The Five W’s of Client Accounting Services: Developing a Service Offering You Can Sell
To many, client accounting services (CAS) is one of the hot new services for CPA firms. But, in reality, accountants have been providing accounting and bookkeeping services for their clients for decades!
Is there a single formula to use when setting up or growing your CAS practice? Unfortunately, not. But you start by answering the five “W’s.” As an accounting marketer or business developer, you can guide your firm through these important questions and help shape the strategy for a successful practice.
What is CAS?
According to The Smart Accountants, cloud-based accounting applications became available in 1998 with the introduction of NetSuite. In the past 20 plus years though, there is still inconsistency defining what client accounting services is. Depending on who you ask, it can be:
- Back office support for clients with either PC or cloud-based accounting software.
- Payment automation and expenses tracking – think SAP Concur.
- Write-up work, which typically involves the client bringing their business’s financial records to their CPA after the end of a filing year. A team of folks then begin preparing a financial snapshot, a trial balance, financial statements and then they move on to the business tax return.
The generally accepted definition for CAS (according to CPA.com) is taking on the responsibility for all facets of accounting for your client, including accounts payable, accounts receivable, expense tracking and coding, preparation of financial statement, month-end and year-end close and advisory support.
You need to know how your firm defines CAS so you can market and sell it, as no two firms are alike. This is unlike a tax return which is pretty similar no matter where you go. It’s a chance to differentiate what you do and package it in ways that resonate with buyers. How you deliver and what KPIs come with your month-end close documents can provide great value add, especially if you’re overlaying your CAS offerings on top of an already thriving tax or assurance focused industry niche.
Why All the Interest in CAS?
Prior to the pandemic, small and mid-sized businesses and nonprofits were asking whether they should be in the accounting business. For many entrepreneurs, CEOs and executive directors, it is more important to be able to make decisions based on good financial statements and information than it is to produce those statements and information in-house. For many organizations it is far less expensive and time consuming to outsource this function to financial experts than to build, retain and manage a finance and accounting team. While each case is different, the savings of buy versus build can be substantial. These are all solid selling points.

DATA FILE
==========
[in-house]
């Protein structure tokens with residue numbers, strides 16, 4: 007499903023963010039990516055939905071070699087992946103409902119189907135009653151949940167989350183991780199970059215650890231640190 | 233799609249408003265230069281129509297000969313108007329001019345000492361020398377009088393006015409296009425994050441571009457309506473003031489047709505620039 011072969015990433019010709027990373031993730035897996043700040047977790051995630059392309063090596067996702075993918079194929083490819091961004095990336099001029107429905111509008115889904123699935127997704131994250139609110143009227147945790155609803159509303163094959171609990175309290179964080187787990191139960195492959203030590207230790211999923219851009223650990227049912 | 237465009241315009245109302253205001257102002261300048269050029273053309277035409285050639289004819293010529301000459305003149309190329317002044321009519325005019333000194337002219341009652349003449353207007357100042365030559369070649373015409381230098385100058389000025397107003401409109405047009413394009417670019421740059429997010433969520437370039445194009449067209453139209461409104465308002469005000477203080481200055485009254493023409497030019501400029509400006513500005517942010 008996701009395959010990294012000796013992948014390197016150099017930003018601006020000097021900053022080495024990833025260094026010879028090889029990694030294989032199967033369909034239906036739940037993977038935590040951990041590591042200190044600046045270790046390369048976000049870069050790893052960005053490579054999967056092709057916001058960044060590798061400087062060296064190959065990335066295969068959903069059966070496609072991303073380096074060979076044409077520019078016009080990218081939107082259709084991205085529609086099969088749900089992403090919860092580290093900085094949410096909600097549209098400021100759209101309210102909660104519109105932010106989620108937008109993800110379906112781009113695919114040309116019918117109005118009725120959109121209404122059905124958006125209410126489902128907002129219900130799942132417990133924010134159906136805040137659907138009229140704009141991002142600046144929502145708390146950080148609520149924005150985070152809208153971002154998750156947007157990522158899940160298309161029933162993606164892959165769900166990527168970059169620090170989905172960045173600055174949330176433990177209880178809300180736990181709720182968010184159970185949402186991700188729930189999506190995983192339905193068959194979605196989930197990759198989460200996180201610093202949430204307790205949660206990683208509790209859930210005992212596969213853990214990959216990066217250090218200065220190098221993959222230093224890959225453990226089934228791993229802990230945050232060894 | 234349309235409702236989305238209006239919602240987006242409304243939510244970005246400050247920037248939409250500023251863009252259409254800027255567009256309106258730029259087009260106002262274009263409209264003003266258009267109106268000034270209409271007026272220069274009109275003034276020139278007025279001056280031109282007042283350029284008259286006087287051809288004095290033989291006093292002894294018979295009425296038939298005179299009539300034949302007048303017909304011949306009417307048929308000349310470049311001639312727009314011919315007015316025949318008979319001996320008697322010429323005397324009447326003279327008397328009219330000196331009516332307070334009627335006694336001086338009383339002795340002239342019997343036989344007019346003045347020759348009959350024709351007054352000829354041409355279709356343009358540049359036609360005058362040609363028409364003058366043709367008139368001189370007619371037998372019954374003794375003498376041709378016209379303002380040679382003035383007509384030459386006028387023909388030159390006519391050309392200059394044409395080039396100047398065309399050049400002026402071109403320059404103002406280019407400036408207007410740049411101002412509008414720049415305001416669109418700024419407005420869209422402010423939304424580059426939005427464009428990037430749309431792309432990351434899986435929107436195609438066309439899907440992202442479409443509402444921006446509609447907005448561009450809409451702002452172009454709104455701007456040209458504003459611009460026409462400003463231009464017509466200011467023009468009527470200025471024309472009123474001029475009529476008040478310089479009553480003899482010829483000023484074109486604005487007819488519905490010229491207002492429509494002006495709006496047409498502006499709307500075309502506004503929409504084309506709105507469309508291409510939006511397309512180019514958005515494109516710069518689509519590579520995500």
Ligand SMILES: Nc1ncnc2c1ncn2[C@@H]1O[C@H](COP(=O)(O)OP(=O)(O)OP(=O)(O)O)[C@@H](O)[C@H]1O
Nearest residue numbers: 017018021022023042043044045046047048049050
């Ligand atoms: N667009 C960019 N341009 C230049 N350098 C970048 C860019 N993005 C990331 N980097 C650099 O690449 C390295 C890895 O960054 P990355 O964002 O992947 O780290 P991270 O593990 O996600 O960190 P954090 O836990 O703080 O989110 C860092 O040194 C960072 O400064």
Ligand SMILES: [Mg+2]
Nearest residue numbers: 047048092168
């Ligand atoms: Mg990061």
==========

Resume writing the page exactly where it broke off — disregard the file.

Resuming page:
While the CAS value proposition is attractive for firm clients, CAS is also appealing to firm leaders. Unlike compliance work, CAS is a consulting service and is inherently less risky for firm owners. Properly planned and implemented, a CAS engagement is significantly more profitable than either tax or assurance engagements. Since CAS engagements are typically billed monthly, the revenue and margin for the work you perform is distributed evenly through the year. Revenue from CAS engagements may also be significantly larger than either tax or assurance engagements. For example, there was a firm that sold a nearly $200,000 per year CAS engagement. The audit and 990 for that same client was $35,000 per year. Which of these engagements would you prefer to win for your firm?
CAS is a growing service because it’s a win for the client and the firm. Recognize that you will have to talk through some tough issues regarding your service offerings and when to walk away from an audit engagement for a CAS engagement. The opportunity to grow revenues from doing so is definitely there, but some accountants may need convincing to give up the tried and true they know.
Who is Providing CAS Services?
There are a number of web-based fintech start-ups that provide low-cost solutions for sole practitioners, small businesses and franchisees. Their clients are not typically looking for advisory support and their tax compliance needs are generally basic. There are a number of successful CAS-only practices that are run by CPAs, but they are structured as consulting firms, not CPA firms. Finally, there are a number of CPA firms that have built successful CAS practices organically or that have acquired existing CAS practices.